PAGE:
A 40% drop in sales for the hospitality sector during the 2021 festive season versus 2019 represents a £3b hit to the industry, according to data from UKHospitality and CGA.
Sales in pubs, restaurants and bars were down 60% on Christmas Day, 31% on Boxing Day and 27% on New Year's Eve, compared to 2019, during what would traditionally be a bumper sales period for thousands of hospitality businesses.
The depressed figures captured by UKHospitality and insight consultancy CGA suggested a ‘lost Christmas' and a lost chance to rebuild crucial cash reserves in the sector, delaying its recovery and leaving many businesses exposed going into the fallow winter months.
Venues in Scotland and Wales were hit even worse in the week leading up to New Year, where more stringent restrictions were in place. The sector in Wales performed twice as badly as England, and in Scotland 2.5 times worse, in the week ending 1 January 2022.
The findings showed how the industry's fight to recover from the pandemic has been severely hampered by Omicron. In the weeks prior to the new variant emerging, average sales had been recovering steadily through the autumn and were close to pre-pandemic levels (98%).
UKHospitality chief executive Kate Nicholls said: "December is a vital period for hospitality businesses, equal to three months' worth of trading for many. These new figures are crippling for an industry already struggling but also spell disaster for the wider UK economic recovery, as Office for National Statistics figures showed that overall growth in Q3 was driven by hospitality.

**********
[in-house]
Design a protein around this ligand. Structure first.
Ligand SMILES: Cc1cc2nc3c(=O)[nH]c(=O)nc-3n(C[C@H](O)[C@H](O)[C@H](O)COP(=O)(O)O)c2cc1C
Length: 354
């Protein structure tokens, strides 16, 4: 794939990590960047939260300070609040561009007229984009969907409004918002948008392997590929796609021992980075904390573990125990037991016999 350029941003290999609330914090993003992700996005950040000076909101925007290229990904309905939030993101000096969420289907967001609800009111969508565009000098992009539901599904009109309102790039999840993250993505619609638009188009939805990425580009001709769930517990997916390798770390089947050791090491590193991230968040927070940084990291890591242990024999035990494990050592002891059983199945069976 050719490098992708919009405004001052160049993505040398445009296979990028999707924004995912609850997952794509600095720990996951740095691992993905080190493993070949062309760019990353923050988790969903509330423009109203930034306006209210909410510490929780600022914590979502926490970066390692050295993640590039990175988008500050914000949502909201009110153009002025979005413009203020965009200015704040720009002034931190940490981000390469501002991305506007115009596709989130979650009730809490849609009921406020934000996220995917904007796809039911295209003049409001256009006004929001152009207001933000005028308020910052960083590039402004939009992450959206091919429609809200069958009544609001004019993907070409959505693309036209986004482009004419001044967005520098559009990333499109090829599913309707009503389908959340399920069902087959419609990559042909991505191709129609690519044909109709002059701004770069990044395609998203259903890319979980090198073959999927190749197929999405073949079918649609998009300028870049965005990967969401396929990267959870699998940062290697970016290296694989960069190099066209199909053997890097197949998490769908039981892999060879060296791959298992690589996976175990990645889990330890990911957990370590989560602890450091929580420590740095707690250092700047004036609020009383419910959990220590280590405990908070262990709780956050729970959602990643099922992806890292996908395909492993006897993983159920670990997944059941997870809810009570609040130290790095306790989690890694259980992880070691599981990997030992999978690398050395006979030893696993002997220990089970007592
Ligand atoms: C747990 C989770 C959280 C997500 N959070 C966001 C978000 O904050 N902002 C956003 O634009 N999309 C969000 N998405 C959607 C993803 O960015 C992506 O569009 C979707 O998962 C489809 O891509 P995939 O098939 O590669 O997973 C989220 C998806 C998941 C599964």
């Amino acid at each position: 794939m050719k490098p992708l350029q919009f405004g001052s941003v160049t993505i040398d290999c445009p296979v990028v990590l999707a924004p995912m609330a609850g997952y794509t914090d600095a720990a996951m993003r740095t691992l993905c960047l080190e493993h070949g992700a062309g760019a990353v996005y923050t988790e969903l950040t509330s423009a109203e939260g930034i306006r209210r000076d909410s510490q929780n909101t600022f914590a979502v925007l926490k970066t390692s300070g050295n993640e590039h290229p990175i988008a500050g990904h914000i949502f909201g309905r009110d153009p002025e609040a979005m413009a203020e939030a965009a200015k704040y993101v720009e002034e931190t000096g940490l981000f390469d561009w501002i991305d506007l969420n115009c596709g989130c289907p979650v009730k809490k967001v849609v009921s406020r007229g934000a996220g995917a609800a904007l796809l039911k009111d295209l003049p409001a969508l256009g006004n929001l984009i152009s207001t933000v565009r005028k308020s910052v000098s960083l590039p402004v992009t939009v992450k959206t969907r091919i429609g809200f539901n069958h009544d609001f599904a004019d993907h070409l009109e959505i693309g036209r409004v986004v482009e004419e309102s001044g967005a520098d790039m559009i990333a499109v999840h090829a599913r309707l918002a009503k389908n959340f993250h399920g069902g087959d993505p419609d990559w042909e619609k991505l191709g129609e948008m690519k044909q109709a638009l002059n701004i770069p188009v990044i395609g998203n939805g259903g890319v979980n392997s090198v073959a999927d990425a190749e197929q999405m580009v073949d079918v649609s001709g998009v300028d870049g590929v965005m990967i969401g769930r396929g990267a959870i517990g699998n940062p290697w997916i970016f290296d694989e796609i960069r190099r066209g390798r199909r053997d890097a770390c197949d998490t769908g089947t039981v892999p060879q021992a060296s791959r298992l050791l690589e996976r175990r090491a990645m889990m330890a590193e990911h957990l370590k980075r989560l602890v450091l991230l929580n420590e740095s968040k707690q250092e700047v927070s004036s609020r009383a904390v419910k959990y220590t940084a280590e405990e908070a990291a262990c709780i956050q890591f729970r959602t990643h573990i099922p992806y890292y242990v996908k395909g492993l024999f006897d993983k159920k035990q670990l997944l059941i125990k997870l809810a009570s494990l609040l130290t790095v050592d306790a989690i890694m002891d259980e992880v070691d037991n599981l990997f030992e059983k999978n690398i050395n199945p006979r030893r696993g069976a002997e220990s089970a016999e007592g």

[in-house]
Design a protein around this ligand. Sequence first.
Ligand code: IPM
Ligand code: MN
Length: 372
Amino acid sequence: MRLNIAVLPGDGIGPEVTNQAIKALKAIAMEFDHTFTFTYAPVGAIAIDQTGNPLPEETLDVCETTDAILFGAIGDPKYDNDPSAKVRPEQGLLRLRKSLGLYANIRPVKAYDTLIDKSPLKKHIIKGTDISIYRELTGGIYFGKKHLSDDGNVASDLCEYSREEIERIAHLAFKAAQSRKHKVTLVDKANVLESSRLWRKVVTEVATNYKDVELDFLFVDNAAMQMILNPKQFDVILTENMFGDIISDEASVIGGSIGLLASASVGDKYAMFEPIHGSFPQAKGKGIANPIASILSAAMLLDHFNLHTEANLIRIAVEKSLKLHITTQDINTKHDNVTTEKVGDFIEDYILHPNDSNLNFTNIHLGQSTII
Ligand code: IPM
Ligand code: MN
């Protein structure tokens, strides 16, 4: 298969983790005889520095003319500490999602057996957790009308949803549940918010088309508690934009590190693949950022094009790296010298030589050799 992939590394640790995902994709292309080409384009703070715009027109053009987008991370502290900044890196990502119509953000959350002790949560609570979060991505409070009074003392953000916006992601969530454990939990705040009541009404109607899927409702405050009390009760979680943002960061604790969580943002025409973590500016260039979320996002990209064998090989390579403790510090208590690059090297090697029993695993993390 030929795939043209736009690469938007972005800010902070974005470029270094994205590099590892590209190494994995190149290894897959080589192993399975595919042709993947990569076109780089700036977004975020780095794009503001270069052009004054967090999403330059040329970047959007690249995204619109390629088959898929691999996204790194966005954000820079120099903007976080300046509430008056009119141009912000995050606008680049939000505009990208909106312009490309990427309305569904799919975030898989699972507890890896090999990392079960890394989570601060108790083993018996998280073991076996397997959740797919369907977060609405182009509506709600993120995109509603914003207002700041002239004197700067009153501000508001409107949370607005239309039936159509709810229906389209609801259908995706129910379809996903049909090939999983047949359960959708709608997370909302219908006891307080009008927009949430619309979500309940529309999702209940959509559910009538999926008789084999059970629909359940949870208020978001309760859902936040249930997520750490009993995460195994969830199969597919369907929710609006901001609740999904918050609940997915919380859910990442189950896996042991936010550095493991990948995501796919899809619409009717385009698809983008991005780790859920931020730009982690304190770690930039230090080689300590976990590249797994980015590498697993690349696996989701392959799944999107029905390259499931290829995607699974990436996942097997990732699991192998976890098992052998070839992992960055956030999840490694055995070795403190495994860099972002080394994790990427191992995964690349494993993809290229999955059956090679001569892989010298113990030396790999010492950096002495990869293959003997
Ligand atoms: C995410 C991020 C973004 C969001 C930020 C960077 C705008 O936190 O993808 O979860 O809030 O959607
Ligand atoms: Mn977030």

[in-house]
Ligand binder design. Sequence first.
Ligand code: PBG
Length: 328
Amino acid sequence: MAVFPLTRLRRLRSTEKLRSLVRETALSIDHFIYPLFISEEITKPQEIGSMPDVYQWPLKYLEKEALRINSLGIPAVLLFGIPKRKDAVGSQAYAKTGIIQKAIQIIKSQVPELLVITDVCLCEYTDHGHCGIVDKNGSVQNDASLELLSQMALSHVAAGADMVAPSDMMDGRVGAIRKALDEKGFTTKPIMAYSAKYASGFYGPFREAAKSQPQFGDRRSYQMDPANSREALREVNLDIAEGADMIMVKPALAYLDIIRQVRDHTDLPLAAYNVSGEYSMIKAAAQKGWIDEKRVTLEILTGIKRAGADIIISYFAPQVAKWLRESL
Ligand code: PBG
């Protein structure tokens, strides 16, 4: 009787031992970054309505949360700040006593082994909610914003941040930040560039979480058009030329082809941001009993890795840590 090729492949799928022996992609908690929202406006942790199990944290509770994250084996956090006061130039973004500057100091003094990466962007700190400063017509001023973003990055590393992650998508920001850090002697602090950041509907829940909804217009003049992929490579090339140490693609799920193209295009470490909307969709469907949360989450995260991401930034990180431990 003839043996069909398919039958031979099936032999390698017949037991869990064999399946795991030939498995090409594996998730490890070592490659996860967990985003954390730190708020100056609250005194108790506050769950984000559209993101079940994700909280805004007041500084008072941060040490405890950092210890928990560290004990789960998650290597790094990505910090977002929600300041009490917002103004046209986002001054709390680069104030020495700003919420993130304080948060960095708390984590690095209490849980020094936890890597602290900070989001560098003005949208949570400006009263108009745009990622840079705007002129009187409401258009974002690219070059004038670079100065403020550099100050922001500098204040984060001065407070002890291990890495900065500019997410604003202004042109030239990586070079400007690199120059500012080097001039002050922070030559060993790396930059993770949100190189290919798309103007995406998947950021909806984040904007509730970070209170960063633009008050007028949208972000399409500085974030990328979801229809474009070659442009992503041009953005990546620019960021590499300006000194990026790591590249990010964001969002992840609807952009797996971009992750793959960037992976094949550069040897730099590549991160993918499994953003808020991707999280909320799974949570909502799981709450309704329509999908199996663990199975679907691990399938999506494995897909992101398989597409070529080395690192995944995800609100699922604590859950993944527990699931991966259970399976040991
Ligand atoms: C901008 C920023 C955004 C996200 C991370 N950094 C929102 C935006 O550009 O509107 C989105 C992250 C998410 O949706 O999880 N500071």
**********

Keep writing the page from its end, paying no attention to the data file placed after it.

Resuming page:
"These sales drops versus 2019, and also against our members' projections before the onset of the new Omicron variant, will have taken most businesses from healthy trading for the month to painful losses, delaying the sector's recovery and extending hospitality's long Covid. Cash reserves are severely depleted, and some businesses will struggle to survive the first quarter of 2022.
"This dreadfully disappointing December has further stymied our ability to deliver jobs, growth and investment at pace, which we all know is so crucial to the recovery of our economy overall."
Companies operating groups or chains of pubs or restaurants fared slightly better than independents, according to data analysed from the CGA Managed Volume Pool. These venues, which are typically larger and better invested, saw sales fall a third in the week up to Christmas and by around a fifth in the week up to New Year.
Hospitality is facing significant headwinds in 2022, compounding a challenging outlook for thousands of businesses and millions of workers. Sector businesses face a cliff edge in April when VAT is set to return to 20%, plus a rise in business rates and labour costs, on top of soaring energy costs, the growing cost of food and drink and an end to the rent moratorium.
Nicholls added: "A pivotal moment for the recovery is approaching. As recent quarterly GDP figures show, the hospitality sector can play a leading role in driving the recovery. Crucial to this is the right support and keeping VAT at 12.5% will enable the sector to safeguard jobs and crucially, it will help keep down costs for our guests amid some very strong inflationary pressures. Reducing rates bills in 2022/23 will also be important in enabling businesses to recover again."
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